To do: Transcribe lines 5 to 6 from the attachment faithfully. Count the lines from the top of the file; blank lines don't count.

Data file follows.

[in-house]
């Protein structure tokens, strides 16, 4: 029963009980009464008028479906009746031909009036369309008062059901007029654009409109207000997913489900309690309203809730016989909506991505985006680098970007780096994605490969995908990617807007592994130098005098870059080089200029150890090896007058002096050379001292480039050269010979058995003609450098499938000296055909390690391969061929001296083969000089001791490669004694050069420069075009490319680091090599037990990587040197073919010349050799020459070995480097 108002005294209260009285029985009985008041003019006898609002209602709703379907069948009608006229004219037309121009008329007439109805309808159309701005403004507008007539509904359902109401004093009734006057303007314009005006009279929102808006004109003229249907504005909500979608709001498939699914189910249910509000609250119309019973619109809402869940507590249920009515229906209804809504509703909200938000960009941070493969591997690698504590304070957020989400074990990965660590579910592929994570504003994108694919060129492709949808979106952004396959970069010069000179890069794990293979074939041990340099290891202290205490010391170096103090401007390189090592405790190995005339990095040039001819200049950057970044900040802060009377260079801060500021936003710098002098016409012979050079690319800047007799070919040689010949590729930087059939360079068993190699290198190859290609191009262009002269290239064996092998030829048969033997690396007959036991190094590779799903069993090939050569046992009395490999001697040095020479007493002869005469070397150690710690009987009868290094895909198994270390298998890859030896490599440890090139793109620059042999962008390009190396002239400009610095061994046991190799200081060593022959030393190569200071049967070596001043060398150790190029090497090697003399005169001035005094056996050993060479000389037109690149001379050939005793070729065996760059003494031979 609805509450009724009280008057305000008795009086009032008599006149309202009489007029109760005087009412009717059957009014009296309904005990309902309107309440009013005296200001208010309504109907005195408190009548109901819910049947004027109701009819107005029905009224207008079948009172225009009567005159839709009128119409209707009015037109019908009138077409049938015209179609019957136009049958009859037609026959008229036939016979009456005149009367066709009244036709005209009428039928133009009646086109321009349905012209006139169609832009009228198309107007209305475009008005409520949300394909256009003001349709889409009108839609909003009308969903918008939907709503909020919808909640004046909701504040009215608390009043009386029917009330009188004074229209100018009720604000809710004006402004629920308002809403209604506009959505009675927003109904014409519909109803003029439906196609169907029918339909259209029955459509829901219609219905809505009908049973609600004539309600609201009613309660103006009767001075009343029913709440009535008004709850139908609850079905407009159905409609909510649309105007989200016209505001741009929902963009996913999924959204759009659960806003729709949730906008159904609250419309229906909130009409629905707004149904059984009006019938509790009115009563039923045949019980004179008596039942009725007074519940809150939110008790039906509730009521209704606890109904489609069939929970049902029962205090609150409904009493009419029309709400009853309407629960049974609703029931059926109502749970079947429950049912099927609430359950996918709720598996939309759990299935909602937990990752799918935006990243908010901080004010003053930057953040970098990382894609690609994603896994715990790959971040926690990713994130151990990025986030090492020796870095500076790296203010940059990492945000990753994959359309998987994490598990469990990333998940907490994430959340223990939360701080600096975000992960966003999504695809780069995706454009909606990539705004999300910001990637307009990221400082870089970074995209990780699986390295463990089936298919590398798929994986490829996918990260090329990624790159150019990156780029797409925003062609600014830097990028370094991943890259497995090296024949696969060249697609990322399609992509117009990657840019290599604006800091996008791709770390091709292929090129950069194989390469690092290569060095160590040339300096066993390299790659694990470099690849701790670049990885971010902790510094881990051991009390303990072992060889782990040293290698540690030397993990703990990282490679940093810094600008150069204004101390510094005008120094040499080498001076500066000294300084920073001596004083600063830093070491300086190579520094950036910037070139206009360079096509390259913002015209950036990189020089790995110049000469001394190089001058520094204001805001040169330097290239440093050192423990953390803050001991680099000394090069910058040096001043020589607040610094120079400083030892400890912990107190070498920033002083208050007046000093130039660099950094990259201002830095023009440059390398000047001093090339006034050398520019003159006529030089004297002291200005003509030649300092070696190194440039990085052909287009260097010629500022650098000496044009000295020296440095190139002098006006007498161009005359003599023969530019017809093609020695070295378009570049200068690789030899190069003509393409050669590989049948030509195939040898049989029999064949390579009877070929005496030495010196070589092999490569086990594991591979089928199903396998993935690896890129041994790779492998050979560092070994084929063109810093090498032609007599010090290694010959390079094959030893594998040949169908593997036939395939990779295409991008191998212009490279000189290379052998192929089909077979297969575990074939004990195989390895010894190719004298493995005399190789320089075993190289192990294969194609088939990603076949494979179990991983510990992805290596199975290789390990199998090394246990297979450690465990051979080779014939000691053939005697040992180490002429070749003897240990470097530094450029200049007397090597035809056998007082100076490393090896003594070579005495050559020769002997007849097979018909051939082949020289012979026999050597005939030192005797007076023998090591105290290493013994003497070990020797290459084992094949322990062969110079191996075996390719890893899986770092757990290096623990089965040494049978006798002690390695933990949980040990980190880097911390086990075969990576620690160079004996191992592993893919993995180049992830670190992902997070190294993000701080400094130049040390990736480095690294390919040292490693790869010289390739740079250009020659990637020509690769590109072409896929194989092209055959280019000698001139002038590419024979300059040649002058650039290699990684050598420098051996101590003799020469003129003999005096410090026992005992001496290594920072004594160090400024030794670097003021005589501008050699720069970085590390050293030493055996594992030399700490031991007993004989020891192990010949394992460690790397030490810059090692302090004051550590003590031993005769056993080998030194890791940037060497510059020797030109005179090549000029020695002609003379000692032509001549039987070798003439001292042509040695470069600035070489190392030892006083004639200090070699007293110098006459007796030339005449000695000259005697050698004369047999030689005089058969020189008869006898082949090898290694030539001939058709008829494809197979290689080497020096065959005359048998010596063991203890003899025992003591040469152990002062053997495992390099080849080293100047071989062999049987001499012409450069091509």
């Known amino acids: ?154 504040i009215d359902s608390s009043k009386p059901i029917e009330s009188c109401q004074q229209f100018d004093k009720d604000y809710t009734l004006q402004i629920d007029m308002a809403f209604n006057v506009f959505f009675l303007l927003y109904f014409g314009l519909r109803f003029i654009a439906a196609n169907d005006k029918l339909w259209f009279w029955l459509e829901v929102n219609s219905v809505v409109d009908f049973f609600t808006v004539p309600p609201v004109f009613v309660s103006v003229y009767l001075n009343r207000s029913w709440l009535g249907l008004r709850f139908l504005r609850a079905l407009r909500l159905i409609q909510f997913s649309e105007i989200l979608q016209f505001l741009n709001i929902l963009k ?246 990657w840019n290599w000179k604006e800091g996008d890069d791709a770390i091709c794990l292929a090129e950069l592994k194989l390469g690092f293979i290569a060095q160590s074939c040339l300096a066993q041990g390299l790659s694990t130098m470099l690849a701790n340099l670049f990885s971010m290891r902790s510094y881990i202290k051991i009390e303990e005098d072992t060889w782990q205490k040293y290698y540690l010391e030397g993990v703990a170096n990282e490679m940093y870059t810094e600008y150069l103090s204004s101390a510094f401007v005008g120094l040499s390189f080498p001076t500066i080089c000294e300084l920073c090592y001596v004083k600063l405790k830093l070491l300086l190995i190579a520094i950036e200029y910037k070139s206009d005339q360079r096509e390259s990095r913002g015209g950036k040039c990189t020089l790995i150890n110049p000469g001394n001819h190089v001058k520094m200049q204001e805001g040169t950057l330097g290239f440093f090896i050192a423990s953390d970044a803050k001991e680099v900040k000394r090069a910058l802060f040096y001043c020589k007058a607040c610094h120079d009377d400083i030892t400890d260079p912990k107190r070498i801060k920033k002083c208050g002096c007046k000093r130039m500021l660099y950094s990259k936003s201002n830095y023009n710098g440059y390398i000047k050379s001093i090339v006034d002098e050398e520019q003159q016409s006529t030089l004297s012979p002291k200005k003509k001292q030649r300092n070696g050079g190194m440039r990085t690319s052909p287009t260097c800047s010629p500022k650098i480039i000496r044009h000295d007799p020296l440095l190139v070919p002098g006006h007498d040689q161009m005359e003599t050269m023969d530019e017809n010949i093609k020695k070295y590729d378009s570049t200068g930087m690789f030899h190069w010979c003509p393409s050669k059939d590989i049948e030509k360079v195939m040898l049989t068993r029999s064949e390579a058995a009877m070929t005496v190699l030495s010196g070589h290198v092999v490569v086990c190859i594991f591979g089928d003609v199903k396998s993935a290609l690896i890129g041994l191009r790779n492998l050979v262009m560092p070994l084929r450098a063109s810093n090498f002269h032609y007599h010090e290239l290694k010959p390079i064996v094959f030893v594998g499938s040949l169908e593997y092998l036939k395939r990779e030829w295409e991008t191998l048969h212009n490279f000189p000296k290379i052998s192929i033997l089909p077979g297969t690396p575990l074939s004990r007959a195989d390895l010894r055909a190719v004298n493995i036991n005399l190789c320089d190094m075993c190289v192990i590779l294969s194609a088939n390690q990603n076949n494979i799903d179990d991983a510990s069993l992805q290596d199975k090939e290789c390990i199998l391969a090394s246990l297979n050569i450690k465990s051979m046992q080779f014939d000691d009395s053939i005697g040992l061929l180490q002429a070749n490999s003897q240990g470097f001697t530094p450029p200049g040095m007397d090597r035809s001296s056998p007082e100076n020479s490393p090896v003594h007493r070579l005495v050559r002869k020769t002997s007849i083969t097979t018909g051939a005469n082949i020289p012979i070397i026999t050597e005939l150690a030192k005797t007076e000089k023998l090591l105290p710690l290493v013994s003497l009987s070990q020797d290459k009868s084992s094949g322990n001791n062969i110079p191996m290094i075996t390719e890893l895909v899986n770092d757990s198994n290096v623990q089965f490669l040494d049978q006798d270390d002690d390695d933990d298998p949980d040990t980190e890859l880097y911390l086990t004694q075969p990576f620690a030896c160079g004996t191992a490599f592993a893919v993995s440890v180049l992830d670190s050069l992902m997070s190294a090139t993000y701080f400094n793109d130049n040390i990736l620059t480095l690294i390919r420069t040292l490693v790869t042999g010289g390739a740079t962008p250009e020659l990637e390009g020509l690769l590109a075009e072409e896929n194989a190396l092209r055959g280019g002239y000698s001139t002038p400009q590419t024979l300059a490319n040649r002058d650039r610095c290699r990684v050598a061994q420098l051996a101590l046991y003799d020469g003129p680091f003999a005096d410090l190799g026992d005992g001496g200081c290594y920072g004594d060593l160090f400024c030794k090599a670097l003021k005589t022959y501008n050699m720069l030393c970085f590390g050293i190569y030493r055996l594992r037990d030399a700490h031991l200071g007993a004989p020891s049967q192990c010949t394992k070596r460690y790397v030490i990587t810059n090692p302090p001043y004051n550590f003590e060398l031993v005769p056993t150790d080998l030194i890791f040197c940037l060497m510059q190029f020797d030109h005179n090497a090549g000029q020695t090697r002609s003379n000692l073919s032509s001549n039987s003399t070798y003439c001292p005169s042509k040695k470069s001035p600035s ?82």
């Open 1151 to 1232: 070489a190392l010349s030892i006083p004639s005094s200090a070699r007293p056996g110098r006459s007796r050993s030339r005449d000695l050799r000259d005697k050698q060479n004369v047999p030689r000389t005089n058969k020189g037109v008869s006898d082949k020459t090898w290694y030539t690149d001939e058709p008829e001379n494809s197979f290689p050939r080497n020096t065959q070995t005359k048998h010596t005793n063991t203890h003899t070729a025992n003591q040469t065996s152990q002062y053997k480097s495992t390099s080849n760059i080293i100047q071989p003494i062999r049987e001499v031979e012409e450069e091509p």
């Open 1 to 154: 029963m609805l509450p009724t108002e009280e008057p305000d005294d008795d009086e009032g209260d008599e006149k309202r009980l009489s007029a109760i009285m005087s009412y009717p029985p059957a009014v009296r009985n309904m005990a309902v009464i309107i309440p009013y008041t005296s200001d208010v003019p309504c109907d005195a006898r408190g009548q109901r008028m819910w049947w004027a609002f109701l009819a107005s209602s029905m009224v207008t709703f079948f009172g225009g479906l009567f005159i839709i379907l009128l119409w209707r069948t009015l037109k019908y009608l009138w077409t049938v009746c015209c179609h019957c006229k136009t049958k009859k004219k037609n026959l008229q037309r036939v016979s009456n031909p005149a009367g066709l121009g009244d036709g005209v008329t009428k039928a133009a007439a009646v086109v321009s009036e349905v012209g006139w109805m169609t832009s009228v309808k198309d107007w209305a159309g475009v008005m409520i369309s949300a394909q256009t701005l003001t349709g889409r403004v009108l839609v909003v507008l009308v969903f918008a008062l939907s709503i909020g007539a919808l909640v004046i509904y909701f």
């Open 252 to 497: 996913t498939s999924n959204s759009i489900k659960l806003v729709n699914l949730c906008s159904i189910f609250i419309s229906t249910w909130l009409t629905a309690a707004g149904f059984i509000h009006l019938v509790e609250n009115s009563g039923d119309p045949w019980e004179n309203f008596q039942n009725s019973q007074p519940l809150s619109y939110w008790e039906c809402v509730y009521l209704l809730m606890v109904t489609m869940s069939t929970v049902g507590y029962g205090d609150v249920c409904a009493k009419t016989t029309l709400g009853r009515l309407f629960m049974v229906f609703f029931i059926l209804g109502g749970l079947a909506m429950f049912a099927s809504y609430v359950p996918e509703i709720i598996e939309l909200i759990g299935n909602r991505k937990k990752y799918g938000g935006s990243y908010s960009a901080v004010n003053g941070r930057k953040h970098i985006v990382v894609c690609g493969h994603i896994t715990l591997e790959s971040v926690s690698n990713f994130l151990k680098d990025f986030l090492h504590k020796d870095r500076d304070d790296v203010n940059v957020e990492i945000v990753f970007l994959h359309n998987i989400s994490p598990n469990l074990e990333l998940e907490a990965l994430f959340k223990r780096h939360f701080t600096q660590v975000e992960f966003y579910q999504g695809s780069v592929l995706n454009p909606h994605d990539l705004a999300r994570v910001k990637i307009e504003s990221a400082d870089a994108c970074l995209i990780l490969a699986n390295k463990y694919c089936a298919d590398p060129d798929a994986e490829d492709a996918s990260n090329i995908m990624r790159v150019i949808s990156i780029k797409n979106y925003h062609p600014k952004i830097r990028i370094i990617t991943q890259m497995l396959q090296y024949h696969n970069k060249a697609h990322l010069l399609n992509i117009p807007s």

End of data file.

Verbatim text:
């Open 1 to 154: 029963m609805l509450p009724t108002e009280e008057p305000d005294d008795d009086e009032g209260d008599e006149k309202r009980l009489s007029a109760i009285m005087s009412y009717p029985p059957a009014v009296r009985n309904m005990a309902v009464i309107i309440p009013y008041t005296s200001d208010v003019p309504c109907d005195a006898r408190g009548q109901r008028m819910w049947w004027a609002f109701l009819a107005s209602s029905m009224v207008t709703f079948f009172g225009g479906l009567f005159i839709i379907l009128l119409w209707r069948t009015l037109k019908y009608l009138w077409t049938v009746c015209c179609h019957c006229k136009t049958k009859k004219k037609n026959l008229q037309r036939v016979s009456n031909p005149a009367g066709l121009g009244d036709g005209v008329t009428k039928a133009a007439a009646v086109v321009s009036e349905v012209g006139w109805m169609t832009s009228v309808k198309d107007w209305a159309g475009v008005m409520i369309s949300a394909q256009t701005l003001t349709g889409r403004v009108l839609v909003v507008l009308v969903f918008a008062l939907s709503i909020g007539a919808l909640v004046i509904y909701f």
């Open 252 to 497: 996913t498939s999924n959204s759009i489900k659960l806003v729709n699914l949730c906008s159904i189910f609250i419309s229906t249910w909130l009409t629905a309690a707004g149904f059984i509000h009006l019938v509790e609250n009115s009563g039923d119309p045949w019980e004179n309203f008596q039942n009725s019973q007074p519940l809150s619109y939110w008790e039906c809402v509730y009521l209704l809730m606890v109904t489609m869940s069939t929970v049902g507590y029962g205090d609150v249920c409904a009493k009419t016989t029309l709400g009853r009515l309407f629960m049974v229906f609703f029931i059926l209804g109502g749970l079947a909506m429950f049912a099927s809504y609430v359950p996918e509703i709720i598996e939309l909200i759990g299935n909602r991505k937990k990752y799918g938000g935006s990243y908010s960009a901080v004010n003053g941070r930057k953040h970098i985006v990382v894609c690609g493969h994603i896994t715990l591997e790959s971040v926690s690698n990713f994130l151990k680098d990025f986030l090492h504590k020796d870095r500076d304070d790296v203010n940059v957020e990492i945000v990753f970007l994959h359309n998987i989400s994490p598990n469990l074990e990333l998940e907490a990965l994430f959340k223990r780096h939360f701080t600096q660590v975000e992960f966003y579910q999504g695809s780069v592929l995706n454009p909606h994605d990539l705004a999300r994570v910001k990637i307009e504003s990221a400082d870089a994108c970074l995209i990780l490969a699986n390295k463990y694919c089936a298919d590398p060129d798929a994986e490829d492709a996918s990260n090329i995908m990624r790159v150019i949808s990156i780029k797409n979106y925003h062609p600014k952004i830097r990028i370094i990617t991943q890259m497995l396959q090296y024949h696969n970069k060249a697609h990322l010069l399609n992509i117009p807007s």